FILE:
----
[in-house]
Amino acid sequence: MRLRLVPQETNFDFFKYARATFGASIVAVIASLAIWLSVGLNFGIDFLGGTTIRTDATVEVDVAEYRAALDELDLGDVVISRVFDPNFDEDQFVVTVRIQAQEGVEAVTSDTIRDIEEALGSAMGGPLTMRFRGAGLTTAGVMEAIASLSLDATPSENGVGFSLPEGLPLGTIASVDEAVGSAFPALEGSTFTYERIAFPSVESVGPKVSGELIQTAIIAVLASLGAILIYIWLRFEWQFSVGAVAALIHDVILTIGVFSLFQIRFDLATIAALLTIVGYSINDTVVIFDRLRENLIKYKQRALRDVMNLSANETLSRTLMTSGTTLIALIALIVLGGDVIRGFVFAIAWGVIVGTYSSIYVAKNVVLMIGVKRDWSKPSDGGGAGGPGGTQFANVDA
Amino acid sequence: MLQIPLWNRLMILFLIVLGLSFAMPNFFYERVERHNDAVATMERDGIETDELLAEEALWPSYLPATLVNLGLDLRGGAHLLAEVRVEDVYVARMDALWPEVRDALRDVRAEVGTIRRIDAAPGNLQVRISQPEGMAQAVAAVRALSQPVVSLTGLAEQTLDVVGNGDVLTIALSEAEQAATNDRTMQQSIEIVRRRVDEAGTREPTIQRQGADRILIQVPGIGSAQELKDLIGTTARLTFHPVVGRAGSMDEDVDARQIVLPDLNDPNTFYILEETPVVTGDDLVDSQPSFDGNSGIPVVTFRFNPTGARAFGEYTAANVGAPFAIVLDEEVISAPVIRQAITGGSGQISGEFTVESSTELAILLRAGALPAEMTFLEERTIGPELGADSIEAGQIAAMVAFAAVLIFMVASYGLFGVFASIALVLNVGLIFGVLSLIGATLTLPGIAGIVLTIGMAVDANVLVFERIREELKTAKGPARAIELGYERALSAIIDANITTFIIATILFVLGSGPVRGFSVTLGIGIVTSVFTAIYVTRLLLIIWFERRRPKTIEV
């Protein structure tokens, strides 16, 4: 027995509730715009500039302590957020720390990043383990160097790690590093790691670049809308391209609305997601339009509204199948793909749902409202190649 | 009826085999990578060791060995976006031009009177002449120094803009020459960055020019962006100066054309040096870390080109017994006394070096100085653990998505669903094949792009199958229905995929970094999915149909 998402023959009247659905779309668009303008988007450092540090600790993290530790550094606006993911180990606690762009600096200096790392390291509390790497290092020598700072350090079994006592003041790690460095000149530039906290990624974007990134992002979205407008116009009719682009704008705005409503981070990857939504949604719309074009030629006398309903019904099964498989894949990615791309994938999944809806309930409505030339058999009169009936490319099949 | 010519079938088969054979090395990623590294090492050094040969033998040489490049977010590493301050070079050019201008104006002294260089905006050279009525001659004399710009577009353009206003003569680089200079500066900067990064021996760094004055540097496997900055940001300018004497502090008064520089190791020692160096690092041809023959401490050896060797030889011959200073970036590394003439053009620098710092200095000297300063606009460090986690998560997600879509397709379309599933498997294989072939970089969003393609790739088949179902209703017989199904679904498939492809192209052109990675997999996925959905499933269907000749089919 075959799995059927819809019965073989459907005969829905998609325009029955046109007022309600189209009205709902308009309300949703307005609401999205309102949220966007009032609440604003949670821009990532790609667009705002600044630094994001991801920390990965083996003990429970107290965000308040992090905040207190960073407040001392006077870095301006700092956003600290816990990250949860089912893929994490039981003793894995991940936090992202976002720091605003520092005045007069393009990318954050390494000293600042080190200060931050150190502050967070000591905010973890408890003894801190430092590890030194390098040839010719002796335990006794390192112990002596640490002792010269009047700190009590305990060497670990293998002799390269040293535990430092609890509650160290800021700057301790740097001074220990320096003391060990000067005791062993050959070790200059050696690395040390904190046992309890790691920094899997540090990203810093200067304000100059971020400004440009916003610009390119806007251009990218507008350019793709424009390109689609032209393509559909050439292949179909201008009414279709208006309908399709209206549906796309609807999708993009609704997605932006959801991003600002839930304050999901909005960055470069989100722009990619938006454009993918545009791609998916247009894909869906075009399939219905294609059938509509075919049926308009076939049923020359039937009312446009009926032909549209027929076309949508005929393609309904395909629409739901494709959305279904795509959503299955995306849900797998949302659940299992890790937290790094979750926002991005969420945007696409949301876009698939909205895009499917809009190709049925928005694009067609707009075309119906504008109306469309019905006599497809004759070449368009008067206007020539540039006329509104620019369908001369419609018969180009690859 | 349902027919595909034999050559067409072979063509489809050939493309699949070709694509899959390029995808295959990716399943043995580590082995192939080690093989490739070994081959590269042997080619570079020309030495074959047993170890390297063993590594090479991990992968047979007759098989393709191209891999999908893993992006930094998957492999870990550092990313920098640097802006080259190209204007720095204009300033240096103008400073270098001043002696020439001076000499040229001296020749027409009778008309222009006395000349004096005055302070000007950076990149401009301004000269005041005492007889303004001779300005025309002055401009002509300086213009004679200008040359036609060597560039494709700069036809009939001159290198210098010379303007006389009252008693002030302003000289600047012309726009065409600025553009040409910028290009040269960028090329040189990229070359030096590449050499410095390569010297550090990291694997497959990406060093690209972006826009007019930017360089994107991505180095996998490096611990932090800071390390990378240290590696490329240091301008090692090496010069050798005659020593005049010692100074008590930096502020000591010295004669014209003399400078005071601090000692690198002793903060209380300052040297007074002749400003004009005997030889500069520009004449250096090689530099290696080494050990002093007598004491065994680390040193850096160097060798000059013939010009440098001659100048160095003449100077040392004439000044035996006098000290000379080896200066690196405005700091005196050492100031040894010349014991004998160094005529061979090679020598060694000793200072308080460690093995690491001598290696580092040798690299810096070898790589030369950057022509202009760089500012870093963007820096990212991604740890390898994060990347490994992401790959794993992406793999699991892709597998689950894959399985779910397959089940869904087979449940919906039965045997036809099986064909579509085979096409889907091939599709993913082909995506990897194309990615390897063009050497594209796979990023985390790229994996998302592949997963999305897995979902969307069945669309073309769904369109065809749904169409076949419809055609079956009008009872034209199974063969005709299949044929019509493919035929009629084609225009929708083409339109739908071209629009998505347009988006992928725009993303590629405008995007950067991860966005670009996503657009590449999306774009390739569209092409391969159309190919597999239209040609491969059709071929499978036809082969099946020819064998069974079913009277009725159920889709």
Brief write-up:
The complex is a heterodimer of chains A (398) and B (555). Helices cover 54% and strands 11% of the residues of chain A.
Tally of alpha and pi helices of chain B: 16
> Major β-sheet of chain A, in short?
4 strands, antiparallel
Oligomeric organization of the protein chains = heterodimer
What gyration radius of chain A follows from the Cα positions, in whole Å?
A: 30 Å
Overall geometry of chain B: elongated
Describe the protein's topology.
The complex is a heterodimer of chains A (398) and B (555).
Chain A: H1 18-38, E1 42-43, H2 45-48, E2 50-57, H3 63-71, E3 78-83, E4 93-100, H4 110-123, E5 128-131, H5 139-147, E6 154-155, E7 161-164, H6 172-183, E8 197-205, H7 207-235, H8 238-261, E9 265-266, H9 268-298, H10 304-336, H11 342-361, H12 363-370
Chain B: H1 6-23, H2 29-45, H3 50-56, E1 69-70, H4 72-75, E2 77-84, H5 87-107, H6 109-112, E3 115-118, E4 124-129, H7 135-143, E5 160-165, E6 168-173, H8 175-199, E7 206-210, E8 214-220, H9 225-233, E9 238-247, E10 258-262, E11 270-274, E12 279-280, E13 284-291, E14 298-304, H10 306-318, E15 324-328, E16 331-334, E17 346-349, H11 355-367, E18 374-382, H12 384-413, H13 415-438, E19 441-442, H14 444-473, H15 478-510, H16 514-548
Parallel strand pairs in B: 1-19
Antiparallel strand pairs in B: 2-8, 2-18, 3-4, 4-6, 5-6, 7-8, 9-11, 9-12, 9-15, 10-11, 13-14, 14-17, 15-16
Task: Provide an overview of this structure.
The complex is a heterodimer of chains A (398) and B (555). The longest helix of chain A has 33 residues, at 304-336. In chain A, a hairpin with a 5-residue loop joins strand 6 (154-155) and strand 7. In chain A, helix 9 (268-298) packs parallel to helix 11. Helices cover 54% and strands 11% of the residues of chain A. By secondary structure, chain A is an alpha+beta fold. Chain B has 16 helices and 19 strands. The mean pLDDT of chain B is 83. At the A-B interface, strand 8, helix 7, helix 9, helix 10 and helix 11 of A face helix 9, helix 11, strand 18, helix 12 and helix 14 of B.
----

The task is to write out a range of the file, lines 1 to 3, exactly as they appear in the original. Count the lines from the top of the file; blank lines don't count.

[in-house]
Amino acid sequence: MRLRLVPQETNFDFFKYARATFGASIVAVIASLAIWLSVGLNFGIDFLGGTTIRTDATVEVDVAEYRAALDELDLGDVVISRVFDPNFDEDQFVVTVRIQAQEGVEAVTSDTIRDIEEALGSAMGGPLTMRFRGAGLTTAGVMEAIASLSLDATPSENGVGFSLPEGLPLGTIASVDEAVGSAFPALEGSTFTYERIAFPSVESVGPKVSGELIQTAIIAVLASLGAILIYIWLRFEWQFSVGAVAALIHDVILTIGVFSLFQIRFDLATIAALLTIVGYSINDTVVIFDRLRENLIKYKQRALRDVMNLSANETLSRTLMTSGTTLIALIALIVLGGDVIRGFVFAIAWGVIVGTYSSIYVAKNVVLMIGVKRDWSKPSDGGGAGGPGGTQFANVDA
Amino acid sequence: MLQIPLWNRLMILFLIVLGLSFAMPNFFYERVERHNDAVATMERDGIETDELLAEEALWPSYLPATLVNLGLDLRGGAHLLAEVRVEDVYVARMDALWPEVRDALRDVRAEVGTIRRIDAAPGNLQVRISQPEGMAQAVAAVRALSQPVVSLTGLAEQTLDVVGNGDVLTIALSEAEQAATNDRTMQQSIEIVRRRVDEAGTREPTIQRQGADRILIQVPGIGSAQELKDLIGTTARLTFHPVVGRAGSMDEDVDARQIVLPDLNDPNTFYILEETPVVTGDDLVDSQPSFDGNSGIPVVTFRFNPTGARAFGEYTAANVGAPFAIVLDEEVISAPVIRQAITGGSGQISGEFTVESSTELAILLRAGALPAEMTFLEERTIGPELGADSIEAGQIAAMVAFAAVLIFMVASYGLFGVFASIALVLNVGLIFGVLSLIGATLTLPGIAGIVLTIGMAVDANVLVFERIREELKTAKGPARAIELGYERALSAIIDANITTFIIATILFVLGSGPVRGFSVTLGIGIVTSVFTAIYVTRLLLIIWFERRRPKTIEV